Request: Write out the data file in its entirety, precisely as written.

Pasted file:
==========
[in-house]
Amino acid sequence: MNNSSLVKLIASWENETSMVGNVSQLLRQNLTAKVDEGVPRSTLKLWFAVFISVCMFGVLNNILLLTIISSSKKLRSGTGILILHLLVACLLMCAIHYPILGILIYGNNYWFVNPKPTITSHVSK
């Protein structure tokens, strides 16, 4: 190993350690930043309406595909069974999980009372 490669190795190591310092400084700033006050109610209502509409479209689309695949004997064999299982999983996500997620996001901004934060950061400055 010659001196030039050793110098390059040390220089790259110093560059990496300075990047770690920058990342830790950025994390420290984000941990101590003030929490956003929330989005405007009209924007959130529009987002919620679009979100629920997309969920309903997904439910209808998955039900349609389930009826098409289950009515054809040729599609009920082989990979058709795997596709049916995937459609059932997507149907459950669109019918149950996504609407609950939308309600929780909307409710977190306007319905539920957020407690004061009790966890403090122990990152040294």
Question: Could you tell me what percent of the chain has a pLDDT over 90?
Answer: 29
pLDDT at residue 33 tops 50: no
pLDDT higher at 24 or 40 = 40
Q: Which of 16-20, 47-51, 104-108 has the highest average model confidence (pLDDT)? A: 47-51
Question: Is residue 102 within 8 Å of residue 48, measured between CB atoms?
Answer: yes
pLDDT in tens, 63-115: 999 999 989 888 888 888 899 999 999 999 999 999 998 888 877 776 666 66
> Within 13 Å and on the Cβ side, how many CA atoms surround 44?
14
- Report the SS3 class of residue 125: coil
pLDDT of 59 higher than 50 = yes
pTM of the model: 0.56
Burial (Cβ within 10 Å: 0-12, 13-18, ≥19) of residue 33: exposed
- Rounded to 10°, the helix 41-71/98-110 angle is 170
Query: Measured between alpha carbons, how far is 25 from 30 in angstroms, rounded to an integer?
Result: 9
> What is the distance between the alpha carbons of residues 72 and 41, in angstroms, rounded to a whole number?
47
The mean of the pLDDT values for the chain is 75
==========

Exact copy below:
[in-house]
Amino acid sequence: MNNSSLVKLIASWENETSMVGNVSQLLRQNLTAKVDEGVPRSTLKLWFAVFISVCMFGVLNNILLLTIISSSKKLRSGTGILILHLLVACLLMCAIHYPILGILIYGNNYWFVNPKPTITSHVSK
């Protein structure tokens, strides 16, 4: 190993350690930043309406595909069974999980009372 490669190795190591310092400084700033006050109610209502509409479209689309695949004997064999299982999983996500997620996001901004934060950061400055 010659001196030039050793110098390059040390220089790259110093560059990496300075990047770690920058990342830790950025994390420290984000941990101590003030929490956003929330989005405007009209924007959130529009987002919620679009979100629920997309969920309903997904439910209808998955039900349609389930009826098409289950009515054809040729599609009920082989990979058709795997596709049916995937459609059932997507149907459950669109019918149950996504609407609950939308309600929780909307409710977190306007319905539920957020407690004061009790966890403090122990990152040294």
Question: Could you tell me what percent of the chain has a pLDDT over 90?
Answer: 29
pLDDT at residue 33 tops 50: no
pLDDT higher at 24 or 40 = 40
Q: Which of 16-20, 47-51, 104-108 has the highest average model confidence (pLDDT)? A: 47-51
Question: Is residue 102 within 8 Å of residue 48, measured between CB atoms?
Answer: yes
pLDDT in tens, 63-115: 999 999 989 888 888 888 899 999 999 999 999 999 998 888 877 776 666 66
> Within 13 Å and on the Cβ side, how many CA atoms surround 44?
14
- Report the SS3 class of residue 125: coil
pLDDT of 59 higher than 50 = yes
pTM of the model: 0.56
Burial (Cβ within 10 Å: 0-12, 13-18, ≥19) of residue 33: exposed
- Rounded to 10°, the helix 41-71/98-110 angle is 170
Query: Measured between alpha carbons, how far is 25 from 30 in angstroms, rounded to an integer?
Result: 9
> What is the distance between the alpha carbons of residues 72 and 41, in angstroms, rounded to a whole number?
47
The mean of the pLDDT values for the chain is 75